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Mar 11, 2018

Pilate: The Haunted One, #3 - I'm Innocent so What Do I have To Do with Jesus?

Passage: Matthew 27:22-26

Preacher: John Huizinga

Series: Pilate: The Haunted One

Category: Pilate: The Haunted One

Keywords: authenticity, innocent, jesus, pilate, charles taylor


Pilate: The Haunted One, Part #3, “I’m Innocent.” By now Pilate doesn’t want anything more to do with Jesus. You can almost hear him pleading as he asks in Matthew 27:22, “What shall I do, then, with Jesus who is called the Messiah?” His question haunts us all. What do I do with Jesus? More and more follow Pilate’s path and declare their own innocence. I will be true to myself and measure my life by what I want out of it. This age of authenticity convinces us that we are each to find our own way of living, and to simply accept or follow the teachings or grace of another would not be good. As Pilate declares his innocence though, it sounds hollow. He is NOT innocent because he is responsible for justice and he is not fulfilling that responsibility. And so when we declare we will be true to ourselves, we’re left wondering what that can really mean. And even if I do flourish on this earth the grass withers and the flower fades . . . The cross of Christ means no one is innocent, yet even you can be forgiven. What shall I do with Jesus is answered by receiving what Jesus has done for me. And that’s the starting point for an authentic life.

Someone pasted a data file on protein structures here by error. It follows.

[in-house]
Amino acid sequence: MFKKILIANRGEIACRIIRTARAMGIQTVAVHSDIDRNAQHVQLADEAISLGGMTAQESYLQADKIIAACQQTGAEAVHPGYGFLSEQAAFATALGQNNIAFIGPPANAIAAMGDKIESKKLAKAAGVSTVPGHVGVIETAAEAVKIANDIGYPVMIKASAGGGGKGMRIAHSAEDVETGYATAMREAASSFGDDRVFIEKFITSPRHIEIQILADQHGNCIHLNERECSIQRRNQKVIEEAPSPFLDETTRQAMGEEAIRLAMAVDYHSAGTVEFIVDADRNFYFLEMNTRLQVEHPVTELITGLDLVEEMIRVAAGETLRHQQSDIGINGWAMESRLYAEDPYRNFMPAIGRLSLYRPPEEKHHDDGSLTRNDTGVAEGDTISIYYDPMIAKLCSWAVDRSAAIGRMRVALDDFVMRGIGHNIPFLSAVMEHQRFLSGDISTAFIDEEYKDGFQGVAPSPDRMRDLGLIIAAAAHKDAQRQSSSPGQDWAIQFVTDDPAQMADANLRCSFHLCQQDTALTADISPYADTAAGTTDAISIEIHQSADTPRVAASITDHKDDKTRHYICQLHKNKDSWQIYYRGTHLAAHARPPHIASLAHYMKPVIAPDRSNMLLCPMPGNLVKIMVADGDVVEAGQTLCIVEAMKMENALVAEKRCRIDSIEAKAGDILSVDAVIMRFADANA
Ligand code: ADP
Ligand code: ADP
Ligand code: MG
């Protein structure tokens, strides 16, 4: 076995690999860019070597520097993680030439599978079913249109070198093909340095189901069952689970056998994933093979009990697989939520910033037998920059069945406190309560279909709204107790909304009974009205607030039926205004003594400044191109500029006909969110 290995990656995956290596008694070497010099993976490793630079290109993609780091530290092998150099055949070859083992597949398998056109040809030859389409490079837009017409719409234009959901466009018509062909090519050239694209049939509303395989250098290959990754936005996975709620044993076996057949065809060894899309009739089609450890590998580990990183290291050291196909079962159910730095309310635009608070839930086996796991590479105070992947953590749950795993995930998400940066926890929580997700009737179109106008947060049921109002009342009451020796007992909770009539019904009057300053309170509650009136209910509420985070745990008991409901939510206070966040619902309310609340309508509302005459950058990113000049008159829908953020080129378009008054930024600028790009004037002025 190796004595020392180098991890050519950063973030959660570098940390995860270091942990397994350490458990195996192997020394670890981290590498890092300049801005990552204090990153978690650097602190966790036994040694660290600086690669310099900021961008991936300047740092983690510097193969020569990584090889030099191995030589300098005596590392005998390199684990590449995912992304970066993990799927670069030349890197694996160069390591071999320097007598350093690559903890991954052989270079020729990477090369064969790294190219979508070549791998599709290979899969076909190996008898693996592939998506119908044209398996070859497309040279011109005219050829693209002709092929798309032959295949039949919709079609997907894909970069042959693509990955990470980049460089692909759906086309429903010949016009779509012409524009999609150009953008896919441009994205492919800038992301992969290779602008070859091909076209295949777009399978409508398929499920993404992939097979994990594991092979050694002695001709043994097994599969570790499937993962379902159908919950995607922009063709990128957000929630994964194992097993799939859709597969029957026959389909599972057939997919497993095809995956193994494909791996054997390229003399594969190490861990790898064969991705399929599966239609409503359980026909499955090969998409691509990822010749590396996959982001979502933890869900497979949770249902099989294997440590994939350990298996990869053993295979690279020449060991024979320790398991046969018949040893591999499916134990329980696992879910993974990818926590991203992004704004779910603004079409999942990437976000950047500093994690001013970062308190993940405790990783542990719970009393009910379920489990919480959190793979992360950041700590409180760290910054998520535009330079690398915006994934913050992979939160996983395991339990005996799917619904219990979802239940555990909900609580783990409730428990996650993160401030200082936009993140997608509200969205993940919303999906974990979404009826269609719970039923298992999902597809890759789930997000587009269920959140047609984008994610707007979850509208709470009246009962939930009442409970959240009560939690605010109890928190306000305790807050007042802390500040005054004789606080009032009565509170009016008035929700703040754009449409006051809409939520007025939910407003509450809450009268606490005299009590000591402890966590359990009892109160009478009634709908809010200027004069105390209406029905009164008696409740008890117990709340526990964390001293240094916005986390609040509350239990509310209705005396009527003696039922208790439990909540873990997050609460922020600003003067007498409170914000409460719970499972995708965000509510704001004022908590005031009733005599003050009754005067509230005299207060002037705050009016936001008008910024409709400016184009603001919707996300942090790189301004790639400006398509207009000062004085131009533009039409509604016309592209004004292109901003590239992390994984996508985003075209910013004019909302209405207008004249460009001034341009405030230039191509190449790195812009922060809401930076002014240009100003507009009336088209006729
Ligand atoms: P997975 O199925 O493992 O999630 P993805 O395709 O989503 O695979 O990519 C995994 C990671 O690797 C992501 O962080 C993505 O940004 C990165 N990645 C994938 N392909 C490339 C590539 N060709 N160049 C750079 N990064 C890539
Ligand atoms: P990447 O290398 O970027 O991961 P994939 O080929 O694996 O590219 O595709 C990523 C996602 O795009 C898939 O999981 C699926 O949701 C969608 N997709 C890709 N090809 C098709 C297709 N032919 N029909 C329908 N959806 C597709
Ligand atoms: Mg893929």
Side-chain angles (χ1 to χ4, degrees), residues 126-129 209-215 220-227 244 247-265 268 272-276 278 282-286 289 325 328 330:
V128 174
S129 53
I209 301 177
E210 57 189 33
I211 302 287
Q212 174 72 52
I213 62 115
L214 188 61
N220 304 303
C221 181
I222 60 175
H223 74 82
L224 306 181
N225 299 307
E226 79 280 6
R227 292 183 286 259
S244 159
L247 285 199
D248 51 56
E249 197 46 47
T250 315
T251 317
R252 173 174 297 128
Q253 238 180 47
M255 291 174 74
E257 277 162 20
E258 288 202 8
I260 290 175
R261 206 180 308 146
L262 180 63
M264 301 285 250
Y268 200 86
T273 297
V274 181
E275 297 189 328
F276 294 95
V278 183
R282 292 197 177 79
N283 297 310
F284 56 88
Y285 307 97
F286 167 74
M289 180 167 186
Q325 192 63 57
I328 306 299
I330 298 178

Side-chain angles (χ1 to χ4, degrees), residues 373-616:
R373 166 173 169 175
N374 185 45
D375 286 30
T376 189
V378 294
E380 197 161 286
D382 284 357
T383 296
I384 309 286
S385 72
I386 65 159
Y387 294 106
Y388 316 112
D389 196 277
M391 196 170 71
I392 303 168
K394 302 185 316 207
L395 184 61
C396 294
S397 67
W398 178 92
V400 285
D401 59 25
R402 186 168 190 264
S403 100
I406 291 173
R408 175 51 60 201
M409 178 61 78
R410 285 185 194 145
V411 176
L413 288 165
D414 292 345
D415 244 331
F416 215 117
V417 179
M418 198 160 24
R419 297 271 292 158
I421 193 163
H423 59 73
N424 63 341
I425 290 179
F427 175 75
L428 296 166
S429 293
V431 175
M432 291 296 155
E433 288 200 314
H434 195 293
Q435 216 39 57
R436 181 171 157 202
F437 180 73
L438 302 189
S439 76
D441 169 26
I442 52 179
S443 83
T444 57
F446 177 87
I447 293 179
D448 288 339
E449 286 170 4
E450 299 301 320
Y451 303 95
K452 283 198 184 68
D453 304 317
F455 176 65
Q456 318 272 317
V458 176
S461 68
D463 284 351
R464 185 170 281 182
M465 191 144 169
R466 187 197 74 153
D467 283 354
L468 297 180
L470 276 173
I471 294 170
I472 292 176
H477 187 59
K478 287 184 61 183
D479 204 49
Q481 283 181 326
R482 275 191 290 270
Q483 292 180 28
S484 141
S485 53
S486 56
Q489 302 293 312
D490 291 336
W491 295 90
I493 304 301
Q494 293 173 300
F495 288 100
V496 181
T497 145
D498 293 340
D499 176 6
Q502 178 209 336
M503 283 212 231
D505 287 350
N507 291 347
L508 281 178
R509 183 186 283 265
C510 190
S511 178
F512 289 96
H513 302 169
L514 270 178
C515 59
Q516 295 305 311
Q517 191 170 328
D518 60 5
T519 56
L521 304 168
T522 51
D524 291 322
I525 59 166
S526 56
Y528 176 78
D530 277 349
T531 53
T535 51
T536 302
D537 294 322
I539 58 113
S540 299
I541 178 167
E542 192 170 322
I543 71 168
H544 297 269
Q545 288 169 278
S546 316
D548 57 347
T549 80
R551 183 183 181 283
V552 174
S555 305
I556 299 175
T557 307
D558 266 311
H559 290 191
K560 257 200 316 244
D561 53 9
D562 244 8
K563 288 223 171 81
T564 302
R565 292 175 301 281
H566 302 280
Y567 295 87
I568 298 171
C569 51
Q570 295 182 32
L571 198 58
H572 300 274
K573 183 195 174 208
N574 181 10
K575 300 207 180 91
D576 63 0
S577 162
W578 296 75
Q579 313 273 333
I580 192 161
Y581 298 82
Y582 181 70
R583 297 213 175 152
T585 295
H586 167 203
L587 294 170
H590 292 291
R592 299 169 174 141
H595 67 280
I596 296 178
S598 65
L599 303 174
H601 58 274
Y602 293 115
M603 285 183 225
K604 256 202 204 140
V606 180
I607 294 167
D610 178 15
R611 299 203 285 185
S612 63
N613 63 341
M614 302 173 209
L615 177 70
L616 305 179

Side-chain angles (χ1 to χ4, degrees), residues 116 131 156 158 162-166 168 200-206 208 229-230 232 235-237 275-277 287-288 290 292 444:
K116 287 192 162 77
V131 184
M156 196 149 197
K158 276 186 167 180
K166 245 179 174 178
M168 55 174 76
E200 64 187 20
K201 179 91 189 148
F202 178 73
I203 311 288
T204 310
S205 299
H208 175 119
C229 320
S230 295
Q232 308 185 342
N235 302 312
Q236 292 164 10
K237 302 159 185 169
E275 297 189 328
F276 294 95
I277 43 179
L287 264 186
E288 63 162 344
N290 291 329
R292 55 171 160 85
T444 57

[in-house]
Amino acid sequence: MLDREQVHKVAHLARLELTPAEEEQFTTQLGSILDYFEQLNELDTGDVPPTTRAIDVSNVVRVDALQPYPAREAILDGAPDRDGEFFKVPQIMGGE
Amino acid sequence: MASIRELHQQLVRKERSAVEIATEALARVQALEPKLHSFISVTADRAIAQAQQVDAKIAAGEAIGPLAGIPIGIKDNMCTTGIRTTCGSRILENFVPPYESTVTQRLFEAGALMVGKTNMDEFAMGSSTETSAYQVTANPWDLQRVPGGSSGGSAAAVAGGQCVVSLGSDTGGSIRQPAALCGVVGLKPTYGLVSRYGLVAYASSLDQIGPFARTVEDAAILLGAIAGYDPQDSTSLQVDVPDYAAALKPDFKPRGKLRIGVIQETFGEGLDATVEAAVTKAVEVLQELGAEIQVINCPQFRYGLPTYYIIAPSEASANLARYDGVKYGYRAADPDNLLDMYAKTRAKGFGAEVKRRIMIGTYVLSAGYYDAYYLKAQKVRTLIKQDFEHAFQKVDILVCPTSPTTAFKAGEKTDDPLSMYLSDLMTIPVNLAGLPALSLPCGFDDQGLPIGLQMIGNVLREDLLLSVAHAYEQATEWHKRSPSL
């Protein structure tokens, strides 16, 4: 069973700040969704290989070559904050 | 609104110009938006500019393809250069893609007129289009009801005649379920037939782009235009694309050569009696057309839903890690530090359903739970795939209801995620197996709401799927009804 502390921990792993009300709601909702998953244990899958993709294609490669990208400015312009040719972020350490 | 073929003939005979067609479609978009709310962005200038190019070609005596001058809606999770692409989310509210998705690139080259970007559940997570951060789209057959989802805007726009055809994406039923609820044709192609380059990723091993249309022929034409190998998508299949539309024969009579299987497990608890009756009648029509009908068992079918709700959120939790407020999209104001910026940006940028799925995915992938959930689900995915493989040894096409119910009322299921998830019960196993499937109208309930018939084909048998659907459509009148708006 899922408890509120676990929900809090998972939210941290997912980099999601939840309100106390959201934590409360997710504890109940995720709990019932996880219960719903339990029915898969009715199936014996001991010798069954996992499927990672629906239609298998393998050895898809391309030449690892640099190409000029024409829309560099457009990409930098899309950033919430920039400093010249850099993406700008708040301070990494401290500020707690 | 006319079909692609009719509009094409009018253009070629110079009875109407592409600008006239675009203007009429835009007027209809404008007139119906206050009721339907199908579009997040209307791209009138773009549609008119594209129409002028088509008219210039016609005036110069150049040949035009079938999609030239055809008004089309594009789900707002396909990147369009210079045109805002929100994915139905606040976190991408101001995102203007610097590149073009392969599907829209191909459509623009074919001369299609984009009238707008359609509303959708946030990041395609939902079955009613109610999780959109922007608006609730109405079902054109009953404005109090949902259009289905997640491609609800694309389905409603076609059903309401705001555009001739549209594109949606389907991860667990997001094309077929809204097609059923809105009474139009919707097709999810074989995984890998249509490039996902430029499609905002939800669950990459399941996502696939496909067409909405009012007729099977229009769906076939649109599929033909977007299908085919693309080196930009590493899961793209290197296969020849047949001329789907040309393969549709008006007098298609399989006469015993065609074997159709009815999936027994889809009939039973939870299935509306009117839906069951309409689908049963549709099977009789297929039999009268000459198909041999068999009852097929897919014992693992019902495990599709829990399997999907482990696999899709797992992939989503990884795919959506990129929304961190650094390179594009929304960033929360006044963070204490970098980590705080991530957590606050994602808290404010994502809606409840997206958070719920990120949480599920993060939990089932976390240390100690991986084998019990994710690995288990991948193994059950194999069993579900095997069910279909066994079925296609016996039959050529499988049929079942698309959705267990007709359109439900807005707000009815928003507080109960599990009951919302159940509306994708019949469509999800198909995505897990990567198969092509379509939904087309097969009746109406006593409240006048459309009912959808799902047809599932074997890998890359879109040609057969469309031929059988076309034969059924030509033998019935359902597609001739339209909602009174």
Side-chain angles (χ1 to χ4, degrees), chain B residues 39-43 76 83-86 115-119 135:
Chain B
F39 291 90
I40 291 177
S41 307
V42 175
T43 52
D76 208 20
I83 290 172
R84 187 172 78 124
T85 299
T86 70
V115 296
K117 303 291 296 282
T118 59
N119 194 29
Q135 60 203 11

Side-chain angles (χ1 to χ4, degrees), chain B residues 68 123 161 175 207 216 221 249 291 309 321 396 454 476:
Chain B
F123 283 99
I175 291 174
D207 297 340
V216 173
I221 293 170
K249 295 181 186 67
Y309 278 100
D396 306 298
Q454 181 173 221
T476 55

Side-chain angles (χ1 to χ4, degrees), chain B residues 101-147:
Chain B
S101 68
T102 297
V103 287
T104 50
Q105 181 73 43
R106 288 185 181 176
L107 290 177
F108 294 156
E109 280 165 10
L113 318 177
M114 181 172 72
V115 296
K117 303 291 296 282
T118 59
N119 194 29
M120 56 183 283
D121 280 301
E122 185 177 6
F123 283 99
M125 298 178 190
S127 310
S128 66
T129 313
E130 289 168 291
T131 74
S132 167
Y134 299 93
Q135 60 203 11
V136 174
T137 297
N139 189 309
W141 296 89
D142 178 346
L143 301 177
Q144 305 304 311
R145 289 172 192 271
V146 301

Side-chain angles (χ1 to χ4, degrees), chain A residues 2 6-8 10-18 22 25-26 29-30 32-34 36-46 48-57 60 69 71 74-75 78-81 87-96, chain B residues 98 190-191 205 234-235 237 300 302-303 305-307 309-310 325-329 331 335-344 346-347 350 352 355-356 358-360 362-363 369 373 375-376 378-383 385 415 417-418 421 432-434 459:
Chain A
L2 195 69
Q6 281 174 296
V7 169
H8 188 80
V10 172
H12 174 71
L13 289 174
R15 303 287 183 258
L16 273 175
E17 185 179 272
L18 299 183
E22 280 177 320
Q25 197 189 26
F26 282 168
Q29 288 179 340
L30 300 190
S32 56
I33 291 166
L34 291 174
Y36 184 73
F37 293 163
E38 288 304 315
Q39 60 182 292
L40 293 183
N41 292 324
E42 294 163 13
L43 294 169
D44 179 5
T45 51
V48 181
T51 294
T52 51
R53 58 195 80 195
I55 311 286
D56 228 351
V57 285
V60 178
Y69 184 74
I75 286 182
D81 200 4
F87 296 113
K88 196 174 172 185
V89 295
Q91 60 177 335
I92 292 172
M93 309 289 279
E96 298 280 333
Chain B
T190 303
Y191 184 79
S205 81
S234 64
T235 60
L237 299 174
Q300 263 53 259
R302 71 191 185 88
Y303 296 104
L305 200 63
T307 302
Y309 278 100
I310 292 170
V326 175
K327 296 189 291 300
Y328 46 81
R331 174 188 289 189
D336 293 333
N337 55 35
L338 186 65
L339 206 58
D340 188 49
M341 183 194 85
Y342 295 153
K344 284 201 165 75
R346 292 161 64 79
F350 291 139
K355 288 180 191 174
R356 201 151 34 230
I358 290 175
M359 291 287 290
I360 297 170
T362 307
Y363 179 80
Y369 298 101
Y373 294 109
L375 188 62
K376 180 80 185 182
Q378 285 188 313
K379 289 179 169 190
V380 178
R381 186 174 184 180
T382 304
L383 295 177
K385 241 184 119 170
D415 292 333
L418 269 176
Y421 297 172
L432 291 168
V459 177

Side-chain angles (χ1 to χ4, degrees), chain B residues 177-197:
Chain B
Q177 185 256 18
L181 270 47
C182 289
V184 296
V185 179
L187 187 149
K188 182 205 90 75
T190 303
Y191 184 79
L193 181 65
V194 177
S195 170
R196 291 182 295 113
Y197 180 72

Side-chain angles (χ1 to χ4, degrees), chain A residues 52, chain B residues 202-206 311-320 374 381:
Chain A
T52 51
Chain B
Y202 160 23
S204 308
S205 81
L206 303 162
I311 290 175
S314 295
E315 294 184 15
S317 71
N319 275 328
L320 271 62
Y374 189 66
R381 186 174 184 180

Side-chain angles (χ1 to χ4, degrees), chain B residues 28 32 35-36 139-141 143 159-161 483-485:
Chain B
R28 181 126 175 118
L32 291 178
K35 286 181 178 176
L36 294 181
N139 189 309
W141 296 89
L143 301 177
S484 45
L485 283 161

Matthew 27:22-26

22 “What shall I do, then, with Jesus who is called the Messiah?” Pilate asked.

They all answered, “Crucify him!”

23 “Why? What crime has he committed?” asked Pilate.

But they shouted all the louder, “Crucify him!”

24 When Pilate saw that he was getting nowhere, but that instead an uproar was starting, he took water and washed his hands in front of the crowd. “I am innocent of this man’s blood,” he said. “It is your responsibility!”

25 All the people answered, “His blood is on us and on our children!”

26 Then he released Barabbas to them. But he had Jesus flogged, and handed him over to be crucified.










Okay, let’s say you have friends coming to Chicago

and you want them to experience

authentic Chicago.

So tell me what’s authentic to Chicago:

hot dog? yes?

how about with ketchup?


beef sandwich? yes?

at Arby’s?


Deep dish pizza? yes?

from Pizza Hut?


A lawn chair? what?

how about in front of your house

after you’ve shoveled a parking space? Dibs?



only if it’s Garrett’s Chicago mix?


Are you going to walk by the 875 N Michigan building

or the Hancock?

Are you going to ride the elevator up to the skydeck

at the Willis Tower? or the Sears Tower?


Are you going to the game at Comiskey

or The Cell or Guaranteed Rate Field?


We react to these things,

we have opinions and take sides,

because being authentic is important to us.


But here’s the thing

and the reason for me starting out

our look at this Bible story this way:

what makes for authenticity has changed in our day.

To be authentic used to mean

‘conforming to the original’:

to be true to the facts

or to an accepted norm or standard.

You were authentic if you

conformed to the truth

whether as an artist

or a scientist

or as a believer.


But to be authentic today is to be true to yourself.

‘. . . each one of us has his/her own way of realizing our humanity,